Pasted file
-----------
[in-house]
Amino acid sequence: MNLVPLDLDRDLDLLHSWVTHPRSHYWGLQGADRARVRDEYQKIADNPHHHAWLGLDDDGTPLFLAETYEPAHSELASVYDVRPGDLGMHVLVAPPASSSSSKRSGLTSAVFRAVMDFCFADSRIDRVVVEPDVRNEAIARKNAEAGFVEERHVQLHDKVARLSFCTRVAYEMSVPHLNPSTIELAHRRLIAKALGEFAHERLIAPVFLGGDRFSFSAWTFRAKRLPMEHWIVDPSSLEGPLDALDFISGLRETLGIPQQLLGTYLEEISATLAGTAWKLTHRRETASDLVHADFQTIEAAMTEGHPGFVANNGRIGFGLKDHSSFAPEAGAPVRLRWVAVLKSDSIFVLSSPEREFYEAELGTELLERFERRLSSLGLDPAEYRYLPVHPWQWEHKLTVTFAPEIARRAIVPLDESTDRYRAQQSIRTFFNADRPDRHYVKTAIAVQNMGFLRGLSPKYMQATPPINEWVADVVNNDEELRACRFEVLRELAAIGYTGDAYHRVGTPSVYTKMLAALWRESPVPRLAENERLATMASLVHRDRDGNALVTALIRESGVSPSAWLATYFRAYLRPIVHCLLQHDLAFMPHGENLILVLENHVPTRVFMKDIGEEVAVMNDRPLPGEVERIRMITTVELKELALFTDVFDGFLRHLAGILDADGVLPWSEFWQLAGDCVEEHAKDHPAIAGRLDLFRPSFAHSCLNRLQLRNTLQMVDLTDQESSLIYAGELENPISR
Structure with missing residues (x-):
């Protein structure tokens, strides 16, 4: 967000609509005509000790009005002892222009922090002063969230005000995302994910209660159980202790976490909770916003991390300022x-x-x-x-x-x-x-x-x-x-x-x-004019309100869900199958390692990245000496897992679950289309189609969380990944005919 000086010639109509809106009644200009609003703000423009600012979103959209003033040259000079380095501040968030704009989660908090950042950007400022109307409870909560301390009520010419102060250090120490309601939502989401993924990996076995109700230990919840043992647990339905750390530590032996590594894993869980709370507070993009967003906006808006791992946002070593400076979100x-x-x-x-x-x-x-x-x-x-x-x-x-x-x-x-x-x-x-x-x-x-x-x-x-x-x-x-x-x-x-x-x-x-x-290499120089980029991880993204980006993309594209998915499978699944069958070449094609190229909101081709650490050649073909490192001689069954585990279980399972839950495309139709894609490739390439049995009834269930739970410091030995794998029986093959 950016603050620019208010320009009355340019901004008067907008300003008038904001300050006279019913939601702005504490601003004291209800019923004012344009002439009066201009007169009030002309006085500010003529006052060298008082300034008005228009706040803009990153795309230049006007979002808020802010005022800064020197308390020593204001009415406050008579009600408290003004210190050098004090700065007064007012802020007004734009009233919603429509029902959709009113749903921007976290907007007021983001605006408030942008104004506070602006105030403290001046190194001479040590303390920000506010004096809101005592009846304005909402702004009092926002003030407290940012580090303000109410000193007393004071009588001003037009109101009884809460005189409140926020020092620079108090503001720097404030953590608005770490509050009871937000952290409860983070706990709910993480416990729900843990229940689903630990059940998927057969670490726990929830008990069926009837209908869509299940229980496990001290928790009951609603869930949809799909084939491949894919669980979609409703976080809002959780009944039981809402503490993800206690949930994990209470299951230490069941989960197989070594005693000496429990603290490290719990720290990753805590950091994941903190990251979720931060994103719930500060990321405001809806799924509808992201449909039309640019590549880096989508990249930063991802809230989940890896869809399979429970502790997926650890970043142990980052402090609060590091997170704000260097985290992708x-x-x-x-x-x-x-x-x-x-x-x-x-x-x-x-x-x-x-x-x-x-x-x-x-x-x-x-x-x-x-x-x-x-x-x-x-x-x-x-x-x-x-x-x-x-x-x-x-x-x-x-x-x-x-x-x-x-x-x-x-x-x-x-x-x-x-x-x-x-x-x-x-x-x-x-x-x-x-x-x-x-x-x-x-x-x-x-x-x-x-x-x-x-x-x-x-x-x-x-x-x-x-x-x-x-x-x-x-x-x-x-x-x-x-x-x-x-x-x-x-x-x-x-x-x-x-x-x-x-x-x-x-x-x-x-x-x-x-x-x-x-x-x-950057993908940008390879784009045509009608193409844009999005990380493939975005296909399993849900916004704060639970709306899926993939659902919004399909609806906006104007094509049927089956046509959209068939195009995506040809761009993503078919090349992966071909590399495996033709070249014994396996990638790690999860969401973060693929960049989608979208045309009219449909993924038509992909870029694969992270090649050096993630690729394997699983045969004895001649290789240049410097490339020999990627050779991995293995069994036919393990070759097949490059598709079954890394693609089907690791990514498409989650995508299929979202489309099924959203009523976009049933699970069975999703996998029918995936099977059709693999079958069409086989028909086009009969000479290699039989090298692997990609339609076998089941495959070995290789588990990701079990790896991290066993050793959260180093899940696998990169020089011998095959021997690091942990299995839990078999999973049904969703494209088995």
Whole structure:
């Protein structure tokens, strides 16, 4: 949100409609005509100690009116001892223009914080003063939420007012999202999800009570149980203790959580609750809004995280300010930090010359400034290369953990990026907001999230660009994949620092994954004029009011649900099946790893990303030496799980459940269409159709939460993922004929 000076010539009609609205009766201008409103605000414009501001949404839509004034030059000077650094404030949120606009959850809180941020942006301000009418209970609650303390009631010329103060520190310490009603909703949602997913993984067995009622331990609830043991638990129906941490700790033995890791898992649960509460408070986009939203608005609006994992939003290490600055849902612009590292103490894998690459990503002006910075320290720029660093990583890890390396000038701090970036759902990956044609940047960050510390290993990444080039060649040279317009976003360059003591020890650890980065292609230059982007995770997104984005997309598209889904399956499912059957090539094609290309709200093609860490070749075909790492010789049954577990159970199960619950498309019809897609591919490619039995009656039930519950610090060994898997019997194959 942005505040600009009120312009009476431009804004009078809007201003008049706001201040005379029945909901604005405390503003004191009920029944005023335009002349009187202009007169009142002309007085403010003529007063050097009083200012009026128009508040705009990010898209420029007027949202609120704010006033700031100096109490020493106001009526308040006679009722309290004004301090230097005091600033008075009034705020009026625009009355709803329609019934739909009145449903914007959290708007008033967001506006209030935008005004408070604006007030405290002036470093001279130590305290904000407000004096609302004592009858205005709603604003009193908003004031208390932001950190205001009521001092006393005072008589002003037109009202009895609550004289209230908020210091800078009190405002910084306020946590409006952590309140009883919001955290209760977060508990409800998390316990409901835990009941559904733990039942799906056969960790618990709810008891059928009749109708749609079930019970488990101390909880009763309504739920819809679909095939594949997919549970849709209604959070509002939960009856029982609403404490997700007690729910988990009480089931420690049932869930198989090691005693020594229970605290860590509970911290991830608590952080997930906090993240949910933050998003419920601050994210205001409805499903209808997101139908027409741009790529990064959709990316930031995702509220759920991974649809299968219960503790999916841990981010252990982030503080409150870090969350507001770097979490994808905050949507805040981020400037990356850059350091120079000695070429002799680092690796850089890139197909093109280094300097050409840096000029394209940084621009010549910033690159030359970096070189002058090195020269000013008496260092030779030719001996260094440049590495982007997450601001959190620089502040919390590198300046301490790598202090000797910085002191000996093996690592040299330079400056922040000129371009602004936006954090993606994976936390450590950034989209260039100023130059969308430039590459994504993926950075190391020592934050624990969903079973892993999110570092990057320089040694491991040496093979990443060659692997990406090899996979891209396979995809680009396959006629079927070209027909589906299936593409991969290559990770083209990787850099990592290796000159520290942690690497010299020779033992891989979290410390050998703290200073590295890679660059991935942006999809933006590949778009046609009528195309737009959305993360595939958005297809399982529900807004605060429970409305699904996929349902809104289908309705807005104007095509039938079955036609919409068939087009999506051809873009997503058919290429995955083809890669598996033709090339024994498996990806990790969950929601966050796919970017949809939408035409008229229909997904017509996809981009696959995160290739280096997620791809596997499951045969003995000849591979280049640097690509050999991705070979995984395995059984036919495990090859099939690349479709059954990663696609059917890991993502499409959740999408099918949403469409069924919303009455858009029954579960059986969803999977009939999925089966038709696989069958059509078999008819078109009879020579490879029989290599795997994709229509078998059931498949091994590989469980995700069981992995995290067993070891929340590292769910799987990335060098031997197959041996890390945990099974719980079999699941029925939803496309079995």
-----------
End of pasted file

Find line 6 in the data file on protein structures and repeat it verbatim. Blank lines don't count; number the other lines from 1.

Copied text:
């Protein structure tokens, strides 16, 4: 949100409609005509100690009116001892223009914080003063939420007012999202999800009570149980203790959580609750809004995280300010930090010359400034290369953990990026907001999230660009994949620092994954004029009011649900099946790893990303030496799980459940269409159709939460993922004929 000076010539009609609205009766201008409103605000414009501001949404839509004034030059000077650094404030949120606009959850809180941020942006301000009418209970609650303390009631010329103060520190310490009603909703949602997913993984067995009622331990609830043991638990129906941490700790033995890791898992649960509460408070986009939203608005609006994992939003290490600055849902612009590292103490894998690459990503002006910075320290720029660093990583890890390396000038701090970036759902990956044609940047960050510390290993990444080039060649040279317009976003360059003591020890650890980065292609230059982007995770997104984005997309598209889904399956499912059957090539094609290309709200093609860490070749075909790492010789049954577990159970199960619950498309019809897609591919490619039995009656039930519950610090060994898997019997194959 942005505040600009009120312009009476431009804004009078809007201003008049706001201040005379029945909901604005405390503003004191009920029944005023335009002349009187202009007169009142002309007085403010003529007063050097009083200012009026128009508040705009990010898209420029007027949202609120704010006033700031100096109490020493106001009526308040006679009722309290004004301090230097005091600033008075009034705020009026625009009355709803329609019934739909009145449903914007959290708007008033967001506006209030935008005004408070604006007030405290002036470093001279130590305290904000407000004096609302004592009858205005709603604003009193908003004031208390932001950190205001009521001092006393005072008589002003037109009202009895609550004289209230908020210091800078009190405002910084306020946590409006952590309140009883919001955290209760977060508990409800998390316990409901835990009941559904733990039942799906056969960790618990709810008891059928009749109708749609079930019970488990101390909880009763309504739920819809679909095939594949997919549970849709209604959070509002939960009856029982609403404490997700007690729910988990009480089931420690049932869930198989090691005693020594229970605290860590509970911290991830608590952080997930906090993240949910933050998003419920601050994210205001409805499903209808997101139908027409741009790529990064959709990316930031995702509220759920991974649809299968219960503790999916841990981010252990982030503080409150870090969350507001770097979490994808905050949507805040981020400037990356850059350091120079000695070429002799680092690796850089890139197909093109280094300097050409840096000029394209940084621009010549910033690159030359970096070189002058090195020269000013008496260092030779030719001996260094440049590495982007997450601001959190620089502040919390590198300046301490790598202090000797910085002191000996093996690592040299330079400056922040000129371009602004936006954090993606994976936390450590950034989209260039100023130059969308430039590459994504993926950075190391020592934050624990969903079973892993999110570092990057320089040694491991040496093979990443060659692997990406090899996979891209396979995809680009396959006629079927070209027909589906299936593409991969290559990770083209990787850099990592290796000159520290942690690497010299020779033992891989979290410390050998703290200073590295890679660059991935942006999809933006590949778009046609009528195309737009959305993360595939958005297809399982529900807004605060429970409305699904996929349902809104289908309705807005104007095509039938079955036609919409068939087009999506051809873009997503058919290429995955083809890669598996033709090339024994498996990806990790969950929601966050796919970017949809939408035409008229229909997904017509996809981009696959995160290739280096997620791809596997499951045969003995000849591979280049640097690509050999991705070979995984395995059984036919495990090859099939690349479709059954990663696609059917890991993502499409959740999408099918949403469409069924919303009455858009029954579960059986969803999977009939999925089966038709696989069958059509078999008819078109009879020579490879029989290599795997994709229509078998059931498949091994590989469980995700069981992995995290067993070891929340590292769910799987990335060098031997197959041996890390945990099974719980079999699941029925939803496309079995």